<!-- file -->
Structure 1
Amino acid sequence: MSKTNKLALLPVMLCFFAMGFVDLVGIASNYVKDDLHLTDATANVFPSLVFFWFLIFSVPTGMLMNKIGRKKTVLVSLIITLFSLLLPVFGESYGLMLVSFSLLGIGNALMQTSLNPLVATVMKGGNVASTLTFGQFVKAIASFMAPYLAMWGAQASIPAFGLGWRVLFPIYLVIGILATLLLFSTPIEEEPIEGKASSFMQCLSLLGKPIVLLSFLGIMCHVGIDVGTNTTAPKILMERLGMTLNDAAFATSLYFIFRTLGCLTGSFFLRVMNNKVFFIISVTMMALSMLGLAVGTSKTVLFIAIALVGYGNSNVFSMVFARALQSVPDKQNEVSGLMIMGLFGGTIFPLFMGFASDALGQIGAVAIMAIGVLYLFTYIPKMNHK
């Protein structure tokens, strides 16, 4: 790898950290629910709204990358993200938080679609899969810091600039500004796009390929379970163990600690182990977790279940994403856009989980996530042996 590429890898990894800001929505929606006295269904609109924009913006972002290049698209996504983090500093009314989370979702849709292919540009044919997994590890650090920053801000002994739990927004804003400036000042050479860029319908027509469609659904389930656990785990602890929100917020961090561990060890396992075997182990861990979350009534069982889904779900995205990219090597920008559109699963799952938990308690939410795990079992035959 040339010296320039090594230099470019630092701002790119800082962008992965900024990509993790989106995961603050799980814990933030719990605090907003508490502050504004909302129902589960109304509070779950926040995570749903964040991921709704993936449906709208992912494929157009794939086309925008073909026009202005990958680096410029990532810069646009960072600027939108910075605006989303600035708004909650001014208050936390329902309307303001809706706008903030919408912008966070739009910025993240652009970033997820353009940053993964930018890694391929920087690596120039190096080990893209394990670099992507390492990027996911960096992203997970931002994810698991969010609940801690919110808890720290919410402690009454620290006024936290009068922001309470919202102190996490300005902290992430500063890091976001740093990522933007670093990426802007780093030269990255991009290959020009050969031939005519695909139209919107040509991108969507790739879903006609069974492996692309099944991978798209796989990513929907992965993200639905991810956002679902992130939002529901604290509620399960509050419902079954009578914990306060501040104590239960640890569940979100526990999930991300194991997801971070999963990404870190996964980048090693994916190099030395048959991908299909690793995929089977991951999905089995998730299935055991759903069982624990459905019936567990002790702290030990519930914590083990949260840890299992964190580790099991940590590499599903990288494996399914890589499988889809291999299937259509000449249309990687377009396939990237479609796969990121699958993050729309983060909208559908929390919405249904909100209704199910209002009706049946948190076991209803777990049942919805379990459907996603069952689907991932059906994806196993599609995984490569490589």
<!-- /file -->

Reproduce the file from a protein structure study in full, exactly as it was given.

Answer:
Structure 1
Amino acid sequence: MSKTNKLALLPVMLCFFAMGFVDLVGIASNYVKDDLHLTDATANVFPSLVFFWFLIFSVPTGMLMNKIGRKKTVLVSLIITLFSLLLPVFGESYGLMLVSFSLLGIGNALMQTSLNPLVATVMKGGNVASTLTFGQFVKAIASFMAPYLAMWGAQASIPAFGLGWRVLFPIYLVIGILATLLLFSTPIEEEPIEGKASSFMQCLSLLGKPIVLLSFLGIMCHVGIDVGTNTTAPKILMERLGMTLNDAAFATSLYFIFRTLGCLTGSFFLRVMNNKVFFIISVTMMALSMLGLAVGTSKTVLFIAIALVGYGNSNVFSMVFARALQSVPDKQNEVSGLMIMGLFGGTIFPLFMGFASDALGQIGAVAIMAIGVLYLFTYIPKMNHK
């Protein structure tokens, strides 16, 4: 790898950290629910709204990358993200938080679609899969810091600039500004796009390929379970163990600690182990977790279940994403856009989980996530042996 590429890898990894800001929505929606006295269904609109924009913006972002290049698209996504983090500093009314989370979702849709292919540009044919997994590890650090920053801000002994739990927004804003400036000042050479860029319908027509469609659904389930656990785990602890929100917020961090561990060890396992075997182990861990979350009534069982889904779900995205990219090597920008559109699963799952938990308690939410795990079992035959 040339010296320039090594230099470019630092701002790119800082962008992965900024990509993790989106995961603050799980814990933030719990605090907003508490502050504004909302129902589960109304509070779950926040995570749903964040991921709704993936449906709208992912494929157009794939086309925008073909026009202005990958680096410029990532810069646009960072600027939108910075605006989303600035708004909650001014208050936390329902309307303001809706706008903030919408912008966070739009910025993240652009970033997820353009940053993964930018890694391929920087690596120039190096080990893209394990670099992507390492990027996911960096992203997970931002994810698991969010609940801690919110808890720290919410402690009454620290006024936290009068922001309470919202102190996490300005902290992430500063890091976001740093990522933007670093990426802007780093030269990255991009290959020009050969031939005519695909139209919107040509991108969507790739879903006609069974492996692309099944991978798209796989990513929907992965993200639905991810956002679902992130939002529901604290509620399960509050419902079954009578914990306060501040104590239960640890569940979100526990999930991300194991997801971070999963990404870190996964980048090693994916190099030395048959991908299909690793995929089977991951999905089995998730299935055991759903069982624990459905019936567990002790702290030990519930914590083990949260840890299992964190580790099991940590590499599903990288494996399914890589499988889809291999299937259509000449249309990687377009396939990237479609796969990121699958993050729309983060909208559908929390919405249904909100209704199910209002009706049946948190076991209803777990049942919805379990459907996603069952689907991932059906994806196993599609995984490569490589």